Homeowners continue to be interested in creating backyards for comfort, fun, and relaxation. The area becomes a family gathering space or a place where they can enjoy wine by a fire with friends, says Jesse Van Walsen, sales and designer at Landscapes by Terra, Marysville, Ohio.
“Other areas they are interested in are pavilion space providing shade and shelter from the outdoor elements while still being outside,” he says. “More and more, we are seeing televisions installed in pavilion spaces with a comfy living room vibe with all-weather sofas and chairs.”
One recent new client, for example, knew they wanted a fire pit with seating and a shady covered area, but wanted help to decide whether to install a patio or deck.
It’s all about creating more usable spaces, Van Walsen says, and along with all the spaces come the plants, trees, shrubs, walkways, lighting, shade, and conveniences.
The Process of Landscape Design
Van Walsen says a consultation meeting to walk the property and discuss the client’s goals comes first. They share ideas and ask questions regarding budget, time frame for project and site conditions. Then, preliminary budget expectations and design fees required to proceed with the process get discussed.
Landscapes by Terra then does an analysis and inventory of the site. They include detailed measurements, elevation data, and soil samples, if necessary, for proper construction and design, he says.
Doing an inventory of existing elements and plant material, and identifying key plants for preservation or possible transplant comes next. Then Van Walsen develops the design by hand drafting or computer-aided design software, and then recommends the appropriate materials and plant selections. Once you decide on materials, budgets and scheduling, construction begins.
Trends in Columbus
Van Walsen lists some of the hottest trends in landscaping in Columbus in these categories:
Unilock’s EnduraColor Pavers have a refined surface that combines a base of coarser aggregates for a stronger foundation with concentrated color and wear-resistant finer aggregates on top, Van Walsen says. “This protects the surface from the appearance of fading over time because the top layer prevents large, lighter color aggregates from ever showing through.
These pavers don’t wear down over time or fade leaving them looking the same as when they were installed,” he says.
Before building a pergola or pavilion covered patio structure, homeowners will need to find what building standards are in place. Columbus has a helpful “getting started” reference page for builders. You may also need to contact your homeowners association, if there is one. “These are the first places to begin to understand what needs to happen to build an outdoor space. After building standards are understood, the design can happen,” he adds.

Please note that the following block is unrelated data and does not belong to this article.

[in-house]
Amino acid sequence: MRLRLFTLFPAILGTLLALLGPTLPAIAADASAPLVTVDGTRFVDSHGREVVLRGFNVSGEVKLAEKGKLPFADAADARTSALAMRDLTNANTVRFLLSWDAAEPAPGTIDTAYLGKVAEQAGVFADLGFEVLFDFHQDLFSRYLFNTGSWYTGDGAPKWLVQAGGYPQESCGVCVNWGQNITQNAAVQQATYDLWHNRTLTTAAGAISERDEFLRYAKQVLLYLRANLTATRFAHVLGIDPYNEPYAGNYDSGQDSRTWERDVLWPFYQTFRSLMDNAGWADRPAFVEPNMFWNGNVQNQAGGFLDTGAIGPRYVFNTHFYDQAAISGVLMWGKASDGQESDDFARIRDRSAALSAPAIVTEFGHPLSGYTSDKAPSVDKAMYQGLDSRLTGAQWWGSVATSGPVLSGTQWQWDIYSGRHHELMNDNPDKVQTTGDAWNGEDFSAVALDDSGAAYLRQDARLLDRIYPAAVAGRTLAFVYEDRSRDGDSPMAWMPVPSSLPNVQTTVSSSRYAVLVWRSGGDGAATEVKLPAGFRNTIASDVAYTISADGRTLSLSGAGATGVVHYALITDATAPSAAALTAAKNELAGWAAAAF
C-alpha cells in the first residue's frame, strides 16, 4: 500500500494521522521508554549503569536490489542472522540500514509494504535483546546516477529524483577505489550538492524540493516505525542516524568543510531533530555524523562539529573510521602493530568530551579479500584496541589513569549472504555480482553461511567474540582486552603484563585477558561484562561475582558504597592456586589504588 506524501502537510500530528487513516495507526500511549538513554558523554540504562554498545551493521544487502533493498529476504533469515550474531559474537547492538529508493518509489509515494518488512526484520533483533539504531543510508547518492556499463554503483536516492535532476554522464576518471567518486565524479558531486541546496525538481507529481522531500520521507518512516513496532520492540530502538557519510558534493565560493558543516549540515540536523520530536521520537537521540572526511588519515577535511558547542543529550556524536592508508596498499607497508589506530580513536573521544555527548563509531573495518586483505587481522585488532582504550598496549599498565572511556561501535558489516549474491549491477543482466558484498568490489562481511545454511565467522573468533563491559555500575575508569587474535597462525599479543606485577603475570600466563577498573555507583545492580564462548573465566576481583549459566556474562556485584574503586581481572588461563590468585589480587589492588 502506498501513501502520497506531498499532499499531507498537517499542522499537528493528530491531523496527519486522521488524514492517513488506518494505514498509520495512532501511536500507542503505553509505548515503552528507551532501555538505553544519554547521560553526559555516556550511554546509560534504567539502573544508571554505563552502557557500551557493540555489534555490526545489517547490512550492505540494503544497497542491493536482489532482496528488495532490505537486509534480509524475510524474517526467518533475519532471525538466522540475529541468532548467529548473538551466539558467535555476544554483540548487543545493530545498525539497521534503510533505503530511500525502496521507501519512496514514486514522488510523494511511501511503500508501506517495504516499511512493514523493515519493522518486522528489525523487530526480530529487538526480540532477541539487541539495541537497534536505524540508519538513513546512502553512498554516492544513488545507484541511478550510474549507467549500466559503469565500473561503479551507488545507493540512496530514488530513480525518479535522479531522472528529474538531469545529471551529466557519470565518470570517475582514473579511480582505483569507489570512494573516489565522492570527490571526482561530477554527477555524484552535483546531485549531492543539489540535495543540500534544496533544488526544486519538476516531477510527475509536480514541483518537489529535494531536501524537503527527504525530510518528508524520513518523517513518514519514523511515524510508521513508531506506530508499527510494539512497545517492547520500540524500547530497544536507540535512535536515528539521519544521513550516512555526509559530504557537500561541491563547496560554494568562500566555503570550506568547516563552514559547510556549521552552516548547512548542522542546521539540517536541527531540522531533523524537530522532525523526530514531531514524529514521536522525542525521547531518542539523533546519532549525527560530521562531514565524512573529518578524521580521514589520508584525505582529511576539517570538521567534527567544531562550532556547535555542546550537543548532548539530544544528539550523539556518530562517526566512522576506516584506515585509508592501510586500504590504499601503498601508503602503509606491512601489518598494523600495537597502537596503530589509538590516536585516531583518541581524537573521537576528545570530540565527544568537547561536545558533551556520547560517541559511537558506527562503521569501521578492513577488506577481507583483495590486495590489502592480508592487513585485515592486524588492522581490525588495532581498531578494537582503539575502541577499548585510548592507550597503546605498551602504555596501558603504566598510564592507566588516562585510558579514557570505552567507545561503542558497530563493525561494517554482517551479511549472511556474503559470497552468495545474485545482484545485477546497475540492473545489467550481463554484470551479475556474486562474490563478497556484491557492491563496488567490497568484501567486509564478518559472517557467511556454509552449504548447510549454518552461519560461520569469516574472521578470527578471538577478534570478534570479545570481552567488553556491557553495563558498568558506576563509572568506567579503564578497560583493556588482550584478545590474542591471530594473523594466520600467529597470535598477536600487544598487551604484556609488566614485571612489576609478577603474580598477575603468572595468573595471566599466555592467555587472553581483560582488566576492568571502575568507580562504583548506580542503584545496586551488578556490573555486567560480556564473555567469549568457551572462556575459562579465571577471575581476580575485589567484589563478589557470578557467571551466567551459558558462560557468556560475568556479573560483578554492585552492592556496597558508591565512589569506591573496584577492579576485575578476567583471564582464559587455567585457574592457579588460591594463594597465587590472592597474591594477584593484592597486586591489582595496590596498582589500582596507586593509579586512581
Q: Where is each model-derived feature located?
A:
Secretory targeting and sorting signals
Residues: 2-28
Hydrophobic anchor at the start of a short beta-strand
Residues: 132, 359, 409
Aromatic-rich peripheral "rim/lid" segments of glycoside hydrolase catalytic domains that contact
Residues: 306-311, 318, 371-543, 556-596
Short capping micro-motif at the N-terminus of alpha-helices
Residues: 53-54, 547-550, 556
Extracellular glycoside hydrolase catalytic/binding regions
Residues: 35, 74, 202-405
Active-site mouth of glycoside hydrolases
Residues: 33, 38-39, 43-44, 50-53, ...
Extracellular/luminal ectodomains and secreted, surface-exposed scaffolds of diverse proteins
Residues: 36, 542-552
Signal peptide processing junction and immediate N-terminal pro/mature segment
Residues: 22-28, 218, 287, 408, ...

The structure’s placement and alignment determine what type of structure works best. A pergola may work better on a north- or east-facing direction due to the transparency to the open sky. South and west-facing backyards should have a covered structure or pavilion due to the extensive sun exposure.
LED lighting seems to continue to trend, Van Walsen adds. “People like efficient components on their properties. Outdoor lighting trends continue to push through the use of cellular devices as well as tablets to control outdoor lighting transformers,” Van Walsen explains. LED lights’ microchips can create a spectrum of colors other than just “white” and “warm.” The new technology allows you to present your outdoor lighting display in any colors.
Outdoor pools continue to be a trend for outdoor spaces. Concrete decking is traditional. However, the trend continues to be paver alternatives and stone alternatives. They allow for nonslip surfaces to help with safety around the pool. Most of the paver and stone options available include denser qualities and can sustain themselves against chlorine and saltwater.
Trees and shrubs
Along with perennial flowers, low-maintenance trees and shrubs top the list of what homeowners want in their landscape plans. “We identify plant palettes that provide clients spring, summer, fall, and winter color at various times throughout each season,” he says.
Flowers come in a range of sizes, shapes, and colors and add texture. Chosen carefully so they take turns blooming, they can provide a focal point that shifts throughout the warmer seasons. Colors trending in 2020 are classics blues such as hydrangeas, ajuga, bell flower, and St. John’s wort.
“In order to maintain a constant array of flowering pizzazz throughout spring to fall, we suggest changing out focal planters with annual flowers. Think one tall plant and three medium ones.”
Fill around the outer edge with a vine type hanging plant to create a beautiful planter with varying heights, color and texture, Van Walsen suggests.
All images courtesy of Heather Odenweller, Landscapes by Terra.